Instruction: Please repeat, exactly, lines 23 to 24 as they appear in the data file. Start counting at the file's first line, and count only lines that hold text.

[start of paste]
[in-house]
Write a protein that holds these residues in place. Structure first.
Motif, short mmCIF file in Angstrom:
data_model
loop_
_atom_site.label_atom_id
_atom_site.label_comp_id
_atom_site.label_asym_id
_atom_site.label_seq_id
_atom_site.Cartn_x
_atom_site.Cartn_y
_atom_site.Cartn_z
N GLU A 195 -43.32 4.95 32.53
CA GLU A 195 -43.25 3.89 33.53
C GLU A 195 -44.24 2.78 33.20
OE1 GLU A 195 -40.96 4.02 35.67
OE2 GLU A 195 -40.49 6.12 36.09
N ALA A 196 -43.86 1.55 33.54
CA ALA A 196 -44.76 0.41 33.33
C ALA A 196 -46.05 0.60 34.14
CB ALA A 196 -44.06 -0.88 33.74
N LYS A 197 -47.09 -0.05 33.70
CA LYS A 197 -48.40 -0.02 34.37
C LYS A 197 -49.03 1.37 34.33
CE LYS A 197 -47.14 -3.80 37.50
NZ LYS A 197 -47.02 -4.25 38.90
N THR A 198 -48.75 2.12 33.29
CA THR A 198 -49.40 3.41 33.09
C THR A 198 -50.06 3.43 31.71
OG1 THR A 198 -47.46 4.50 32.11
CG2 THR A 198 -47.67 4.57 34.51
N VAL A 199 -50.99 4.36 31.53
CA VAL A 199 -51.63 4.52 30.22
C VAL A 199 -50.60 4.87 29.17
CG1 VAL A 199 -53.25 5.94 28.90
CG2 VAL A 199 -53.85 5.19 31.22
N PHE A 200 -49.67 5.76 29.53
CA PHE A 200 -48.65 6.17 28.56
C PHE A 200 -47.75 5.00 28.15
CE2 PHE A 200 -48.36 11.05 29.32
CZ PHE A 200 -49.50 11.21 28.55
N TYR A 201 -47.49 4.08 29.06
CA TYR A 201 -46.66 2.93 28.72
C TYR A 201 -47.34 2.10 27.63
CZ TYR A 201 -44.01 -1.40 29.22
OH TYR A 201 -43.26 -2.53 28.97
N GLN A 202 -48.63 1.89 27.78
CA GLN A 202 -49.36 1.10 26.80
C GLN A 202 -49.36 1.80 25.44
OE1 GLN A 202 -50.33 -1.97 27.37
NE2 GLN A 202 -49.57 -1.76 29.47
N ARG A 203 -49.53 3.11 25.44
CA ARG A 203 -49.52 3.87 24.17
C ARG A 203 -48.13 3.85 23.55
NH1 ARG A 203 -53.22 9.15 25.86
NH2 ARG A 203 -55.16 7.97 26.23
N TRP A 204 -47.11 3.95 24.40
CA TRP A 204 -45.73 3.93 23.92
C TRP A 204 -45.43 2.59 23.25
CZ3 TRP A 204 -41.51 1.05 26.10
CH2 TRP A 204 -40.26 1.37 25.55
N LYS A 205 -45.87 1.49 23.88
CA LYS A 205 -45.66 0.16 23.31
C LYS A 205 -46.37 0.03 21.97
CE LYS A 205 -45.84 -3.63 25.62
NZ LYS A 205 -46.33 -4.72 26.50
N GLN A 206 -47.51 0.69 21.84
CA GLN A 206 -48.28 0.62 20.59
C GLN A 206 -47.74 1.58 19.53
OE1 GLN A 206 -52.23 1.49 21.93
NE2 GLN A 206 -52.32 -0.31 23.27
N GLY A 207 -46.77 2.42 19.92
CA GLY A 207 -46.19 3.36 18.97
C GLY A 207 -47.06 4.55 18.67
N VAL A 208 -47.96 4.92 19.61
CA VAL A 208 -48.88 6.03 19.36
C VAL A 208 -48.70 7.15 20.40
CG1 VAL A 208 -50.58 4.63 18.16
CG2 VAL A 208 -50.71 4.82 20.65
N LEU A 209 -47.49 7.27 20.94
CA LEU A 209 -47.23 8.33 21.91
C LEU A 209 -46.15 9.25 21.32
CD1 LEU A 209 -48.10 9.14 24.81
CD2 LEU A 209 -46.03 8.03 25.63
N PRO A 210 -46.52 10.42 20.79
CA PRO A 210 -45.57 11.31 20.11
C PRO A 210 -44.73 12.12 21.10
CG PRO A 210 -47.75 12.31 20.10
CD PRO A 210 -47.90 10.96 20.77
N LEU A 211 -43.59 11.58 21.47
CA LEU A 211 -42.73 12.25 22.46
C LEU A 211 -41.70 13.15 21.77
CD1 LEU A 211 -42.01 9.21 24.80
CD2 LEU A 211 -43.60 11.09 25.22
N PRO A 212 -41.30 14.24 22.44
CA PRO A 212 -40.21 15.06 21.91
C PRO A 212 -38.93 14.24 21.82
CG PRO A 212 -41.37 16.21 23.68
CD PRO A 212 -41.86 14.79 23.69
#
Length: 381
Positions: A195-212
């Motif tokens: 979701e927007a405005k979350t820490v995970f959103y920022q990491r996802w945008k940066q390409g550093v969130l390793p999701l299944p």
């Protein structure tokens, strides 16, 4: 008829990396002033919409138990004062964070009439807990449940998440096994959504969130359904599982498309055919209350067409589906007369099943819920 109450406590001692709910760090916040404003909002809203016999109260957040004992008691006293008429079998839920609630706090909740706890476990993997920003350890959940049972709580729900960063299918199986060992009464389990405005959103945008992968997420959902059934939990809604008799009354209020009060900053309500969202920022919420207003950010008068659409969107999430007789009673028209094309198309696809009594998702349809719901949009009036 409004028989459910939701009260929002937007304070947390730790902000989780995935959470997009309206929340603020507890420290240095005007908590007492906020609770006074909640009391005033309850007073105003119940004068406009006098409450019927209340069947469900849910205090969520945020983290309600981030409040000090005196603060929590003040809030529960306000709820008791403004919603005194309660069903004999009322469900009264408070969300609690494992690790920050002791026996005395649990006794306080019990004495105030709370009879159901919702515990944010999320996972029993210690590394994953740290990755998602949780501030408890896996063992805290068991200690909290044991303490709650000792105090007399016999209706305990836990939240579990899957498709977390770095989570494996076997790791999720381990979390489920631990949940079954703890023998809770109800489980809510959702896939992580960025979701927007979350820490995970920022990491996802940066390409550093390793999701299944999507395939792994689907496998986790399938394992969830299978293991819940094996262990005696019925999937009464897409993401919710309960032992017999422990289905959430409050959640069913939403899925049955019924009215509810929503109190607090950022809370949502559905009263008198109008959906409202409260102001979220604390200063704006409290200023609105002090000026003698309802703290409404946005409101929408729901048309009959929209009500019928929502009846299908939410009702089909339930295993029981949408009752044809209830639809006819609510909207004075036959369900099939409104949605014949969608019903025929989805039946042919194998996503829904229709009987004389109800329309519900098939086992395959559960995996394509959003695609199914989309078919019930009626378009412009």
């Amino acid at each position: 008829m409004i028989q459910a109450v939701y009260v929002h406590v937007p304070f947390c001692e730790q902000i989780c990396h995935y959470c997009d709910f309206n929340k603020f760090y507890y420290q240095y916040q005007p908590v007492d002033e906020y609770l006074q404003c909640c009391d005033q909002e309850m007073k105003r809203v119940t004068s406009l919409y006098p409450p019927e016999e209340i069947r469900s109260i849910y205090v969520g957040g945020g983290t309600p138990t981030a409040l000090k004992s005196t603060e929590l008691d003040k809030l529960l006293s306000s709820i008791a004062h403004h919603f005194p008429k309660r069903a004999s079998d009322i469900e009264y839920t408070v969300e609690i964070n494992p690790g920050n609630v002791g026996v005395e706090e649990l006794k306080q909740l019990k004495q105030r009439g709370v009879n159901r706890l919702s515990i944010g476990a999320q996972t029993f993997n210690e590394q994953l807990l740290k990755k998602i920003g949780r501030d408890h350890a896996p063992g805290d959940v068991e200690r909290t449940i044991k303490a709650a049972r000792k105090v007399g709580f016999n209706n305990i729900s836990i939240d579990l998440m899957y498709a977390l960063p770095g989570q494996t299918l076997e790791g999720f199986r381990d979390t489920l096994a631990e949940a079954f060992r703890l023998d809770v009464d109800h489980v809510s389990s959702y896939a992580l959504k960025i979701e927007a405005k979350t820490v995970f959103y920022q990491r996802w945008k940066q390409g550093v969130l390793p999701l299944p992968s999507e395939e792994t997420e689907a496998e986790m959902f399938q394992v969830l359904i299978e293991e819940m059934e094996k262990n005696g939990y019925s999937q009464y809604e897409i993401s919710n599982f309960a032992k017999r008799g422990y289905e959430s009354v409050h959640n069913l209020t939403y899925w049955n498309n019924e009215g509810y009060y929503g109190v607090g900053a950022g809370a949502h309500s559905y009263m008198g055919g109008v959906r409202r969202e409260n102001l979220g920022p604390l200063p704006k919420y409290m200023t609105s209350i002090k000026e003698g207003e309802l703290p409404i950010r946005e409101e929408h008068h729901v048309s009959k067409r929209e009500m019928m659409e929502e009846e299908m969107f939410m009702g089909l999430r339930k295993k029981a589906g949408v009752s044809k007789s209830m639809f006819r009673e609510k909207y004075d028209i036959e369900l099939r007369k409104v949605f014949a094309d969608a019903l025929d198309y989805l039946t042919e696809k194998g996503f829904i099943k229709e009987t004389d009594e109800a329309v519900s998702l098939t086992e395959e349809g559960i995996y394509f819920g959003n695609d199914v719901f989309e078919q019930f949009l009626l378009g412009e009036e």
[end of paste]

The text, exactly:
CA LYS A 197 -48.40 -0.02 34.37
C LYS A 197 -49.03 1.37 34.33